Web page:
What would a place called Terrebonne, literally meaning "good Earth," be without good food? Thankfully, we'll never know, thanks to the Terrebonne Depot. Terrebonne Depot mixes a farm-to-fork menu, a modern country setting and solid ambiance (wild lavender and a wrap around porch surround the old train depot) to create an experience of enjoying what the "good Earth" has to offer. Located just a few miles north of Redmond, up the road from Smith Rock state park, the restaurant caters to climbers, locals and sightseers with casual elegance and a large menu that pleases large and small appetites.
After a long day at work, two friends and I headed out to Terrebonne Depot having been impressed by lunch there a few weeks earlier. My companion and I enjoyed a few house margaritas and the Oregon farm burger ($12.95). With house-cured pork belly, smoked cheddar, farm-fresh egg, house-made Texas sweet onion barbecue sauce and choice of beef, buffalo or garden burger, this is one of the better burgers I've tasted. Piled high with local ingredients, I couldn't think of anything to add - it was a collection of the best burger toppings on a freshly toasted bun.
For dinner, my two companions and I went a more traditional route with four courses. We started with the calamari ($9.95), which like a Caesar salad, is a nice test of a kitchen's skill. The calamari was pan fried until crispy, but still tender and tossed with greens and sliced jalapenos. With shallot-caper aioli and spicy red pepper dipping sauces, the cool and hot of the dish were both covered.
An excellent option for a lunch entrée or light dinner, the Greek salad ($7.95) combined organic mixed greens, feta, kalamata olives, cucumber, grape tomatoes, red onion and locally raised chicken (add $3.50) in perfect harmony. Thyme-vinaigrette dressing helped to bring the flavors together without overpowering. This local take on Greek salad was well handled.
If there's one criticism I could offer, it would be on the Moroccan couscous ($17.95). You may be thinking $18 for couscous? The name of the entrée doesn't do the dish justice because it comes with a choice of meat - chicken, steak or salmon. I chose the salmon, which came char-broiled, crispy, moist and well seasoned. The Israeli couscous (pearl sized pasta) was seasoned with Moroccan spice (cumin, coriander, black pepper) and sautéed with onion, garlic, tomato and mint. Overall, the dish packed lots of flavor, but I would have enjoyed a stronger vegetable presence (possibly some roasted vegetables) to add a third point of interest to the grain and protein on the plate. The salmon was delicious and although the portion may look small compared to salmon entrees from other restaurants, the flavor was far better than others I've tasted.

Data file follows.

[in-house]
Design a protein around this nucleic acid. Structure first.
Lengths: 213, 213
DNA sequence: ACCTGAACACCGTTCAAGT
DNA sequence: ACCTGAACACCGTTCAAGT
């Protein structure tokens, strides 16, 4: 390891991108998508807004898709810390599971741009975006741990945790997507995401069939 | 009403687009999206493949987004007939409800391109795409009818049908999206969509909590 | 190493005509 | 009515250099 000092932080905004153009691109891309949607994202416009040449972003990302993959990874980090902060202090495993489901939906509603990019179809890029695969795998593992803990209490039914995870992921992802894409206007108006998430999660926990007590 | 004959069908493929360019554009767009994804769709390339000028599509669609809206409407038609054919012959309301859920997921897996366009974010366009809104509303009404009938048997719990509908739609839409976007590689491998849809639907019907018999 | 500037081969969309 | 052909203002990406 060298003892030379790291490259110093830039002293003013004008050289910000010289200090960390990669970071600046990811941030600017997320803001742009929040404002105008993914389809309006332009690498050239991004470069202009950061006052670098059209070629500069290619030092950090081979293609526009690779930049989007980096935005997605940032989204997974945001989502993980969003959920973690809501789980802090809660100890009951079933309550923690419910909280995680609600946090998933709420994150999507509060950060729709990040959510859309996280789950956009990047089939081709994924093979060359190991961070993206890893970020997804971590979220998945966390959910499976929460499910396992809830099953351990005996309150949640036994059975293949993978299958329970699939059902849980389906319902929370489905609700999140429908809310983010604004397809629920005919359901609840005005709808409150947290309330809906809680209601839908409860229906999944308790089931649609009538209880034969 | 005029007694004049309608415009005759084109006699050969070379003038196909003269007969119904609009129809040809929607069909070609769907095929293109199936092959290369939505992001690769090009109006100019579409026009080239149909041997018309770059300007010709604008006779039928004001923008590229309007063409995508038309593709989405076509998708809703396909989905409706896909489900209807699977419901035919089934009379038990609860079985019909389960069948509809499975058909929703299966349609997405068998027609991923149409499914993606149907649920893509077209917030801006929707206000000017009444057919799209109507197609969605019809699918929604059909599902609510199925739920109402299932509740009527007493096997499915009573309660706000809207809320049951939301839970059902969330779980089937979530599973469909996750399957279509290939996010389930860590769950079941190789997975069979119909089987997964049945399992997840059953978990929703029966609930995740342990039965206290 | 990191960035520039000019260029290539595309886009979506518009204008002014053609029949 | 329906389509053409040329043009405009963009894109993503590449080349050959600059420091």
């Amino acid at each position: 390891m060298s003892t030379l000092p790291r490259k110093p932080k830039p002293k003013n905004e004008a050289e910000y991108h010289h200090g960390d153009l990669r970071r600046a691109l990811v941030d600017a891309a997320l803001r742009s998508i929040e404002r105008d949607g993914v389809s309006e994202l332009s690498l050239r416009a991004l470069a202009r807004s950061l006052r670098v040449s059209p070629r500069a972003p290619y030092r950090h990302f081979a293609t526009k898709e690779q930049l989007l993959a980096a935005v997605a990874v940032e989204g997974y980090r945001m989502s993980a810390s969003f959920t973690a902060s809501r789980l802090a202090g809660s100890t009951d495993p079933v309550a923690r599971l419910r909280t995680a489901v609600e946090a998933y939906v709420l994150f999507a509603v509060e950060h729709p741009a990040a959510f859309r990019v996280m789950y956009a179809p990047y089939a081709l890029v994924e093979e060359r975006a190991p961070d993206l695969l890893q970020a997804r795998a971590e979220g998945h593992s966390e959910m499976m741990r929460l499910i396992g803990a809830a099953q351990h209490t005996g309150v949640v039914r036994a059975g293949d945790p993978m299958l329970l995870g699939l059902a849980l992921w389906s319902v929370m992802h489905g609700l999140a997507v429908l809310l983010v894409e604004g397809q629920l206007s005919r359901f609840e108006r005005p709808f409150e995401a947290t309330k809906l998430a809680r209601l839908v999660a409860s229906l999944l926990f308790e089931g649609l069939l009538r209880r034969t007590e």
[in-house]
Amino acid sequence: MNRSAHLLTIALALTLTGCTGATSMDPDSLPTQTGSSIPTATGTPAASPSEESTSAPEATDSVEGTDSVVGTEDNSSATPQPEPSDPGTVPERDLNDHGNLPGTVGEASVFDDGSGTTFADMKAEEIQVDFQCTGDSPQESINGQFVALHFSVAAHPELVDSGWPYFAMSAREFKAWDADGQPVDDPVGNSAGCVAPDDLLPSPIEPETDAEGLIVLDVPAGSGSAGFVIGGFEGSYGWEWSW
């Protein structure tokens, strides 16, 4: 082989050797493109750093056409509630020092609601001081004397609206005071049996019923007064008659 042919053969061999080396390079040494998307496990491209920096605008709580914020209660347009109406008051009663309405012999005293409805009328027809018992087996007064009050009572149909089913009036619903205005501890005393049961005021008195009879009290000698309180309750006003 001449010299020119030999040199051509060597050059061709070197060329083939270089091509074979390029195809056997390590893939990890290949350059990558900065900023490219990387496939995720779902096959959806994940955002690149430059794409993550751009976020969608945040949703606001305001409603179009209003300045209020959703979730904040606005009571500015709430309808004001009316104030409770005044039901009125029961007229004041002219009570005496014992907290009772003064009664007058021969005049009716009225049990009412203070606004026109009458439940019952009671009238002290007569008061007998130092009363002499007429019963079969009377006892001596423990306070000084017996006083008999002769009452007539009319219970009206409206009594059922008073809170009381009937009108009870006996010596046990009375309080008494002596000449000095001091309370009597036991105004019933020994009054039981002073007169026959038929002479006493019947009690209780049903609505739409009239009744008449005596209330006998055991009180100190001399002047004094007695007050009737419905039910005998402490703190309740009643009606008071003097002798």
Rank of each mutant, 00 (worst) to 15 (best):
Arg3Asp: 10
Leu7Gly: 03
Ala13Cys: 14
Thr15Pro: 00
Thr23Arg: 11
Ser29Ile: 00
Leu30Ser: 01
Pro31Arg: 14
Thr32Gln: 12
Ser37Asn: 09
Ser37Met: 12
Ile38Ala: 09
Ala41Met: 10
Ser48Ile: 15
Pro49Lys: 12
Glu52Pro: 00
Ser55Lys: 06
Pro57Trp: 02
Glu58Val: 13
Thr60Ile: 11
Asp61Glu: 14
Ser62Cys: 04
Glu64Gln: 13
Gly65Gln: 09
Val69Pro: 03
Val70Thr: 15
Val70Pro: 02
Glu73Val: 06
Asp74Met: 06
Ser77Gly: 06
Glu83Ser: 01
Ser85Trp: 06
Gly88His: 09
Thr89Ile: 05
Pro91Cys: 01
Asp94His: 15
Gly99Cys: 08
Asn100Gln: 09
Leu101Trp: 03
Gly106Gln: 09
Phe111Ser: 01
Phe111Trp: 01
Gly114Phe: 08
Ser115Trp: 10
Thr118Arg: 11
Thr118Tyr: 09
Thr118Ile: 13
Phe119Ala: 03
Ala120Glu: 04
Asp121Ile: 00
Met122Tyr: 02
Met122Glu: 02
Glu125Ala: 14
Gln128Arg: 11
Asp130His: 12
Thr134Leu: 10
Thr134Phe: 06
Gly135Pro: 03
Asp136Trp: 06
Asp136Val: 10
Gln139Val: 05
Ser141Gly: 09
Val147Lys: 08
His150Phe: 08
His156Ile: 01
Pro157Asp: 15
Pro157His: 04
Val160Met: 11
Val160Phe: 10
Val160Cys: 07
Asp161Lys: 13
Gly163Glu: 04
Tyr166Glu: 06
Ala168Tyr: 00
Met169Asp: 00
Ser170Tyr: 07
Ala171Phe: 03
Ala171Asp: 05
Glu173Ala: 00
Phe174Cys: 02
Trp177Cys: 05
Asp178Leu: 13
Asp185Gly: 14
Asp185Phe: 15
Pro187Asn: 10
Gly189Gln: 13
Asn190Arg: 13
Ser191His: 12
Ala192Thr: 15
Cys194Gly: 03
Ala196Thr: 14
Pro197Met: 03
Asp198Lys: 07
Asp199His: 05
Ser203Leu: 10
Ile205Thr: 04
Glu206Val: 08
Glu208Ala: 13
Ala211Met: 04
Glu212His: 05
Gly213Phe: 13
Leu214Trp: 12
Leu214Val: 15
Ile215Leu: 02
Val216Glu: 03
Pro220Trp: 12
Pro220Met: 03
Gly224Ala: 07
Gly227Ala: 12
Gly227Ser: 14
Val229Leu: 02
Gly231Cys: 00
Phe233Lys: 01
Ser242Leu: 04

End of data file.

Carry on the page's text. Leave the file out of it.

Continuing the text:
My companions chose the barbecue baby back ribs ($17.95) and the New York steak special ($24.95). There was some drama as we waited to hear whether or not there was an order of ribs left, but in the end my friend was not disappointed when the full rack of fall-off-the-bone baby back ribs was presented to her. Basted in a Texas-style vinegar-based barbecue sauce, the ribs were tender, rich and deliciously shiny. My other friend ordered the special of the evening, a 10-ounce N.Y. strip with prawns and chimichurri sauce. The dish was well seasoned and fairly portioned. The meat was slightly overcooked to the desired medium rare, but sides of buttery red skin mashed potatoes and tasty green beans made up for it.
Chef and owner Kristin Yurdin seems to have a solid handle on all aspects of her restaurant. From the cuisine to the staff and the culture of the restaurant, I find that chef-owned establishments really do a better job of connecting with the diner. It's worth noting that we enjoyed dinner on a Monday evening, traditionally the chef's night off. Although Yurdin was not present that evening, you wouldn't know it because sous chef Jim Ricks-White executes food with finesse.
With a quarter of a bottle of Firesteed pinot noir ($29) still to finish, we ordered the chocolate-banana bread pudding ($6.95) for dessert. The generous portion of hot, gooey bread pudding arrived with a heaping scoop of vanilla bean ice cream that didn't have time to melt. Fighting over spoonfuls, we loved the richness of the cooked banana with the smooth, sweetness of the chocolate. The treat was decadent and delicious, reminding us of the craft of dessert making in a recently frozen-yogurt obsessed culture (myself included).
Showcasing flavors from across the Cascade region with an emphasis on local meats and produce, the new American cuisine at Terrebonne Depot lives up to its name, taking what's good from the Earth and putting it on the plate.